Granted, it’s a little early to judge the lasting impact of the 2008 market cataclysm on the advisory business, but celebrating survival after this disaster–and getting to work shoring up the foundation of your business–may be the best course of action for advisors today. Not surprisingly, most firms had less revenue, lower profit margins, and fewer profit dollars this past year than in previous ones. As a consequence of a greatly diminished cash flow, owners of advisory firms also saw a material reduction in their personal income. One material consequence of lower cash flow is a lower relative valuation of their business. All firms were not impacted to the same degree, however, depending on the decisions they made before the market’s precipitous drop.
Several industry surveys have released data on how advisory firms fared, and how they are preparing for future success. The first study to be released this year was produced by Moss Adams (and sponsored by my firm, Pershing LLC) and addressed the topic of compensation and staffing. FA Insight, Quantuvis, and Rydex are all producing data that supports similar issues. A few interesting observations emerged from the Moss Adams study:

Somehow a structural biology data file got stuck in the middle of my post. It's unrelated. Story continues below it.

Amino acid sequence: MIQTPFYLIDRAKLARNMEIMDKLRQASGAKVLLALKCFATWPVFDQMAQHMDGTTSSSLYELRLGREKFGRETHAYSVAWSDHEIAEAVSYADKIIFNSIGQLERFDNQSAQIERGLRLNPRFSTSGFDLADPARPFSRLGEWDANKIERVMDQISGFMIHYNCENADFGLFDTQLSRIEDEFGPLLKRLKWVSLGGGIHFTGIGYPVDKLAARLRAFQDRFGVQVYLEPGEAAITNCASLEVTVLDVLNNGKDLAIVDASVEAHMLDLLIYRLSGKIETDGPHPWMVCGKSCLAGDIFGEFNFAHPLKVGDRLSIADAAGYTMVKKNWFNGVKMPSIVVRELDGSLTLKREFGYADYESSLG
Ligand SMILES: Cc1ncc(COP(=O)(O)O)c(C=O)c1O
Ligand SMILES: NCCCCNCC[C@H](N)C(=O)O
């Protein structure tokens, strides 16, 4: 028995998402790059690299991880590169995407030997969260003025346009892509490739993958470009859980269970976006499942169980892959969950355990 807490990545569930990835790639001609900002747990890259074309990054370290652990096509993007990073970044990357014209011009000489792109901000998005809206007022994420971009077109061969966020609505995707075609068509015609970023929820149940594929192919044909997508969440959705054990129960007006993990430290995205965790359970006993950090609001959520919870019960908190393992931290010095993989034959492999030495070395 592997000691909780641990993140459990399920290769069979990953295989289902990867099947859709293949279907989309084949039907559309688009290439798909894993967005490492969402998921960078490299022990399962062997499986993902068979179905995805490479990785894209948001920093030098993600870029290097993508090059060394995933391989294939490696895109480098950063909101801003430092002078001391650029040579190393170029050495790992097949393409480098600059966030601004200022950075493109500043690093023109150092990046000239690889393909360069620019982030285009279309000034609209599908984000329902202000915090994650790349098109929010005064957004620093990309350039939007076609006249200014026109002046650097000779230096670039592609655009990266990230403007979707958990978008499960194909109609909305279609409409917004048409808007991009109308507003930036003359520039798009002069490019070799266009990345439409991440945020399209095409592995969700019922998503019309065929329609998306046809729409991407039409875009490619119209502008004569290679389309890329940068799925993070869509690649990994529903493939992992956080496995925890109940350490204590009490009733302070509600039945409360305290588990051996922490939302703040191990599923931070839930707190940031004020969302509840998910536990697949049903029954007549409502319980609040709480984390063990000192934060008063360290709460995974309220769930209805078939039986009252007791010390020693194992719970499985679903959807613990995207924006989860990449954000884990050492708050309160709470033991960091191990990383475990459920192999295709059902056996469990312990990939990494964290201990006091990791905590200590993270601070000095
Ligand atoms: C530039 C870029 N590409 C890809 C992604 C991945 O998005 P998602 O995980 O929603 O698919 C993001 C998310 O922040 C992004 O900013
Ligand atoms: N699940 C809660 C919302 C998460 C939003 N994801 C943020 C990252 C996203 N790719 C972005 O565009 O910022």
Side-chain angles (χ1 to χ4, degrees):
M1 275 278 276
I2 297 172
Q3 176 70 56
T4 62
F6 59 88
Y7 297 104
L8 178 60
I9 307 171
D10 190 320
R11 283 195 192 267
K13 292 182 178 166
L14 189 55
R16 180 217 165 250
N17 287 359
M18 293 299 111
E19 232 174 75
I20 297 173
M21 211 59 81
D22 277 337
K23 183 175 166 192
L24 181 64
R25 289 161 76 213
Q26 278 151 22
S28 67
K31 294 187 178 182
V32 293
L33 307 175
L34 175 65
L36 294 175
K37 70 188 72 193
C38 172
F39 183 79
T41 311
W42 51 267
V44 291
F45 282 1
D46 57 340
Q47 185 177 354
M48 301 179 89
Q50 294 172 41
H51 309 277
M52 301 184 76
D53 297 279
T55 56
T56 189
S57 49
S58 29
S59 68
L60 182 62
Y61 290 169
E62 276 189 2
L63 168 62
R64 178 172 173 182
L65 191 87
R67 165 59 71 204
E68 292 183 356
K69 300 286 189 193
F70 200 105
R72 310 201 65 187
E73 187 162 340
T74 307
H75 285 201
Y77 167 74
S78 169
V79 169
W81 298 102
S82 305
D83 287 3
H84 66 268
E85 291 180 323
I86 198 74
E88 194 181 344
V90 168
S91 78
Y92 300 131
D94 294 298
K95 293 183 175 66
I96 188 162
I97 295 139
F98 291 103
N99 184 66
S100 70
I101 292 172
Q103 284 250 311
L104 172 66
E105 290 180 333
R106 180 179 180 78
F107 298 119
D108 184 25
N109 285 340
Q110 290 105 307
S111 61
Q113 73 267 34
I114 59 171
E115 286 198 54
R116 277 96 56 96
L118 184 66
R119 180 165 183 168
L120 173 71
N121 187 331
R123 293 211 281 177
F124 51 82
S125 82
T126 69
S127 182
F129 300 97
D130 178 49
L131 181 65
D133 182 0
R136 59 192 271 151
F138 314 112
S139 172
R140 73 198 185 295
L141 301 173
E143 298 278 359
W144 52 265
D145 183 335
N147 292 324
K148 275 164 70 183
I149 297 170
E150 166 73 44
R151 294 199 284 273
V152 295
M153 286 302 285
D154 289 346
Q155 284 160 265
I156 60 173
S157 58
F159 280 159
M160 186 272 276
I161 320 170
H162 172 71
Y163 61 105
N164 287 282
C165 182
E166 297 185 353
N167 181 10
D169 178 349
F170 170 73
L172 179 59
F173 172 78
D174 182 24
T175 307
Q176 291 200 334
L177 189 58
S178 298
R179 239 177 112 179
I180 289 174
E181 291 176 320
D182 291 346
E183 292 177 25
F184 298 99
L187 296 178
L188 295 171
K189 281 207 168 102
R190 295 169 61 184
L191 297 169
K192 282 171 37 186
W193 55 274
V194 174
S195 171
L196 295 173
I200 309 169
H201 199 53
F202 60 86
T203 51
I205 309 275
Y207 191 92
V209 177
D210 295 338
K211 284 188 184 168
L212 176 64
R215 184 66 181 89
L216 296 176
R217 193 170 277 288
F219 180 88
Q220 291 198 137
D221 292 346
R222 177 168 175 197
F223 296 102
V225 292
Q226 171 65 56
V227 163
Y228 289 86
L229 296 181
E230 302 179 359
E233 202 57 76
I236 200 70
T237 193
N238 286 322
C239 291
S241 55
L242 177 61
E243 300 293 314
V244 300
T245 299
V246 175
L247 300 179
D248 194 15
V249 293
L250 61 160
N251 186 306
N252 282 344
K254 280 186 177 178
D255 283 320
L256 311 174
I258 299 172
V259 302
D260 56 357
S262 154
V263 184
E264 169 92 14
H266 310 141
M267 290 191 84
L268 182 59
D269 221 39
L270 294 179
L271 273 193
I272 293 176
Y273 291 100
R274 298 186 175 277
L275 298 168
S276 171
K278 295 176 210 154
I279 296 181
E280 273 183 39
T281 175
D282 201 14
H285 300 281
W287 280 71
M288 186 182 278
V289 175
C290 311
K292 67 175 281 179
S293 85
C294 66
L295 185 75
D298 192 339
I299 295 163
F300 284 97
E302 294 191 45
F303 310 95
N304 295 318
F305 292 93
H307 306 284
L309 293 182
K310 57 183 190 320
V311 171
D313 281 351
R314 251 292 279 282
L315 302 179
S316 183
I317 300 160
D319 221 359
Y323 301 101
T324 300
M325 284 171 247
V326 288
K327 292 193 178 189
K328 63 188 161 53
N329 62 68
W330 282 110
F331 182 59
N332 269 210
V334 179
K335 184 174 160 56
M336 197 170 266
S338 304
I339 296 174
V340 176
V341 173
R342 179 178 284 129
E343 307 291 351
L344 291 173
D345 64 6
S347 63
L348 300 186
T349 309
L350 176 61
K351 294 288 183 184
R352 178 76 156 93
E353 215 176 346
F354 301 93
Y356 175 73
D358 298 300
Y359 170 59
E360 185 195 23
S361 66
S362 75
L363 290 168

1. Most firms did not panic by cutting staff precipitously, and thus have retained the capacity to grow.
2. Most respondents to the survey said they will use the layoffs in the broader financial services industry as an opportunity to selectively hire talent.
3. The smaller firms that cut back on staff and investment in their business are not as well positioned to get back on their growth trajectory.
4. Most firms have not adjusted their base and incentive plans yet to reflect the new reality.
5. Most missed the opportunity to make improvements in processes that would result in better productivity (they may have been slightly distracted by clients during this period).
The survey categorized the firms as “Opportunists,” “Pragmatists,” or “Mature.” The Opportunists plan to increase their capacity through new hires–they are financially healthy and have the resources to invest in their business. The Pragmatists, a group representing most of the independent advisory firms, plan to remain cautious about spending money on anything, including hiring. The Mature group, which account for a small percentage of firms, generally had higher operating expenses to begin with and continue to look for ways to cut all costs including staff.
In other words, just like their clients, some advisors were prepared to weather the storm and others are now seeking shelter after their windows were smashed and their roofs blew off. Like natural disasters such as forest fires and floods, market downturns and recessions cleanse the earth and allow for new growth. In this case it appears that the stronger firms could emerge as market dominators and the weaker firms may have to seek them out as partners.
The Opportunists’ Edge